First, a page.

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When Fortune Minerals Ltd. began courting capital markets to fund a giant coal project in British Columbia two years ago, chief executive officer Robin Goad knew he wouldn’t be sourcing the funds locally.
Canadian banks were saying Fortune should get long-term supply agreements with Asian customers before they were comfortable financing the $800-million project.
“Well, we thought, if we are going to have to get [agreements], why don’t we just partner with the guys who want the stuff,” said Mr. Goad, who sold a 20-per-cent stake in the Arctos coal project to South Korea’s Posco a year later, marrying Fortune’s need for capital to the giant steel maker’s need for the metallurgical coal to produce steel.
“We didn’t need a bank,” he said in a recent interview. The Posco deal marked a growing trend of Asian customers turning to Canada – where publicly listed companies control some 10,000 projects worldwide – to guarantee supplies of the commodities needed for their booming economies.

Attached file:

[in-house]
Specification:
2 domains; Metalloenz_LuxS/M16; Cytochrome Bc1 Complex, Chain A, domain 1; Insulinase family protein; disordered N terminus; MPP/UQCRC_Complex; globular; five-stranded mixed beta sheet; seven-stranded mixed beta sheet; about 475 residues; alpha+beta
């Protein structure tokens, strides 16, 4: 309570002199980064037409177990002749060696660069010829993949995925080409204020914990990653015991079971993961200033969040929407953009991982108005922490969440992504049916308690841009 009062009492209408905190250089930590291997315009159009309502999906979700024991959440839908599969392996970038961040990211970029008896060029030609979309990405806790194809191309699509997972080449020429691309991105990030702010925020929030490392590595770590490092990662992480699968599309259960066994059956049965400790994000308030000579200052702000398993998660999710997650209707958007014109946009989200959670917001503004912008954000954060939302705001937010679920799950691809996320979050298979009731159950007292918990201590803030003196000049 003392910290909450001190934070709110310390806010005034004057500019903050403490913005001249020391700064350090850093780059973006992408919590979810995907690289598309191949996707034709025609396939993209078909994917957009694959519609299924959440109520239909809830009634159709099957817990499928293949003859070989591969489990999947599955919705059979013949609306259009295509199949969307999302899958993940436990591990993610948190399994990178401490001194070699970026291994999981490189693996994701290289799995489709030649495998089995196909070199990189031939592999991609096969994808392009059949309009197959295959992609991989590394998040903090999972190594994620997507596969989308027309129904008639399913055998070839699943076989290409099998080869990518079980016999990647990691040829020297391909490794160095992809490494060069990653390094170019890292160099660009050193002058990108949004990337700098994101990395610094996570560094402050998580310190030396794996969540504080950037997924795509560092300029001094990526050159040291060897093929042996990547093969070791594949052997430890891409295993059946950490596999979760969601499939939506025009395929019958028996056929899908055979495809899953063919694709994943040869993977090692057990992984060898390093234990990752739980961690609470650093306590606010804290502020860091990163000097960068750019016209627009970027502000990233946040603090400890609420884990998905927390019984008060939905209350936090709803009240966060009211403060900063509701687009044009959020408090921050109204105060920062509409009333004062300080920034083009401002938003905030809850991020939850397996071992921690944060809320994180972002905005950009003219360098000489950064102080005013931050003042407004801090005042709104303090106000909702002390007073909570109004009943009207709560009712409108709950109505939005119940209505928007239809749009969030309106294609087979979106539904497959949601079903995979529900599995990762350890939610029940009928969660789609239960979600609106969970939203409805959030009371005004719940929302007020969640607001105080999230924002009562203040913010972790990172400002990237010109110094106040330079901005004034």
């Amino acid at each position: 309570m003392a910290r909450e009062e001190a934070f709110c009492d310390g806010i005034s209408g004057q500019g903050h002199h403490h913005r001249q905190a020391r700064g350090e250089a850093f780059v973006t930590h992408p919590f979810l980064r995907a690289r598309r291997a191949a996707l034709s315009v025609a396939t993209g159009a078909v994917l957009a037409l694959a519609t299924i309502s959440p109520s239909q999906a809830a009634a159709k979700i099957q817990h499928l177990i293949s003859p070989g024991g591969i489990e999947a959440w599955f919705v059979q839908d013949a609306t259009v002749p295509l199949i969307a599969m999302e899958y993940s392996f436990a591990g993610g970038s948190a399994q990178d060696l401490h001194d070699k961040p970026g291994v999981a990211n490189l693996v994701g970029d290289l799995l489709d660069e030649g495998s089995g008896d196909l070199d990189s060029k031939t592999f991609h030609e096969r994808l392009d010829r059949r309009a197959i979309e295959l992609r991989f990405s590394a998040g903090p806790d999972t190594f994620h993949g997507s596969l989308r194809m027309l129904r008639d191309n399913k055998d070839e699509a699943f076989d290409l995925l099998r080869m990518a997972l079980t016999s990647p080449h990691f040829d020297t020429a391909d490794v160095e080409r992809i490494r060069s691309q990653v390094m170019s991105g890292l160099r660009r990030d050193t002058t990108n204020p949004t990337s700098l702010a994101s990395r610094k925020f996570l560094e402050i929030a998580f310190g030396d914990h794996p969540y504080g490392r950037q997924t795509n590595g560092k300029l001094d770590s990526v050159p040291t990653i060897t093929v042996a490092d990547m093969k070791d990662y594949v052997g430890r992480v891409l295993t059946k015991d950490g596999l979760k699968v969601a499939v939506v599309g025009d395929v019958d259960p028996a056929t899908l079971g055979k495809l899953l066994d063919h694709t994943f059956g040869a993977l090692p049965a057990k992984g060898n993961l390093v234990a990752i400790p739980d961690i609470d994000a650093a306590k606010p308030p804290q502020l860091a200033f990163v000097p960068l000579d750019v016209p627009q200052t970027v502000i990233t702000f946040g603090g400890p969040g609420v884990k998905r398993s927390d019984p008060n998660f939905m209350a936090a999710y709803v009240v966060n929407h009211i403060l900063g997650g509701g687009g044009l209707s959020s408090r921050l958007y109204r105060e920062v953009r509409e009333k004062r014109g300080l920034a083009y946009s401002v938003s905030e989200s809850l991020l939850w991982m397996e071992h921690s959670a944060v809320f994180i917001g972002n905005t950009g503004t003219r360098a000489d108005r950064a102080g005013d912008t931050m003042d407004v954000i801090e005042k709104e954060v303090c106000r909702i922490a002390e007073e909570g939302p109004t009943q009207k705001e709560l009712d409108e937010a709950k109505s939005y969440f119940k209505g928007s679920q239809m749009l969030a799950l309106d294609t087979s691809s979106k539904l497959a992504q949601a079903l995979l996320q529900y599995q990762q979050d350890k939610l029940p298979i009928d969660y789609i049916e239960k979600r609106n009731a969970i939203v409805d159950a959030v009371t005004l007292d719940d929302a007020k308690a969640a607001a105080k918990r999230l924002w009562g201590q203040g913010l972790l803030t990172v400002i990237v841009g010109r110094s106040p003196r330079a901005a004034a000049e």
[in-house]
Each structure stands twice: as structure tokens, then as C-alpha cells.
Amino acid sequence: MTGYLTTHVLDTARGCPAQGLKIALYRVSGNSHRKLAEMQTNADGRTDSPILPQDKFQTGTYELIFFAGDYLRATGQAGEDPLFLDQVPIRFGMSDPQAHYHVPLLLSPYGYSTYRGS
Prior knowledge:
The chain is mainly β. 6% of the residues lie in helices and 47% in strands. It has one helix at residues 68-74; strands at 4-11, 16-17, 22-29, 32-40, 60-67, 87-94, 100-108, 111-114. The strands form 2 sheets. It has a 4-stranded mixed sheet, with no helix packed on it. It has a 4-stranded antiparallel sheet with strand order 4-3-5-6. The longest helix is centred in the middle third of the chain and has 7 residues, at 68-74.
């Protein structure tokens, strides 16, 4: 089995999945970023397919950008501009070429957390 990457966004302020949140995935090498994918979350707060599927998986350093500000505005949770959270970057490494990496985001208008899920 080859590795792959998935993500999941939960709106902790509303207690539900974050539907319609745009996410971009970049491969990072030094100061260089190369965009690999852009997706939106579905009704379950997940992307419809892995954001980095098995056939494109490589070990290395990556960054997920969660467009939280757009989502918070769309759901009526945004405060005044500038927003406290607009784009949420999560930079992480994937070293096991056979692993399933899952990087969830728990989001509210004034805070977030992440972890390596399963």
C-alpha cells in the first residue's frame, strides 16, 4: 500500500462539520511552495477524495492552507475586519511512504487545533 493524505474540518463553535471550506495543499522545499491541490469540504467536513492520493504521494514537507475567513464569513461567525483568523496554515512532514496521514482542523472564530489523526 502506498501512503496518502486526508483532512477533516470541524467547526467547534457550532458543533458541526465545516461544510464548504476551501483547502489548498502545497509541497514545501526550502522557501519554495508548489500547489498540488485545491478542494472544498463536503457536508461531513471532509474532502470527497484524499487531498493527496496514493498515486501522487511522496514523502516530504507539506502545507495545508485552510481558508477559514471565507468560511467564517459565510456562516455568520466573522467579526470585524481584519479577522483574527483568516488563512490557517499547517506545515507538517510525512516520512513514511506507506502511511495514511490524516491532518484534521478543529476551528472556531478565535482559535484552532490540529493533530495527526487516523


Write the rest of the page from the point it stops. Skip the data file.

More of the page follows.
“When we started to sell our material, obviously Asia was the first place we looked,” said Peter Secker, CEO of Canada Lithium Corp., which signed supply agreements with Tewoo-ERDC and Marubeni Corp., top commodity trading houses in China and Japan, respectively.
Canadian miners had more reason to turn to Asia in the past year, as debt and equity markets dried up and big producers who typically buy smaller companies to replace reserves also pulled back from the market, stung by writedowns on acquisitions that went sour as commodity prices retreated.
“There’s no money in North America or coming out of Europe any more,” said Robin Phinney, CEO of potash developer Karnalyte Resources Inc., which sold a 19.98-per-cent stake to India’s Gujarat State Fertilizers & Chemicals Ltd. in January in exchange for cash and a 20-year supply deal.
For the rest of this article, please go to the Globe and Mail website: http://www.theglobeandmail.com/report-on-business/big-deals/miners-look-to-asia-for-partners-and-financing/article9122818/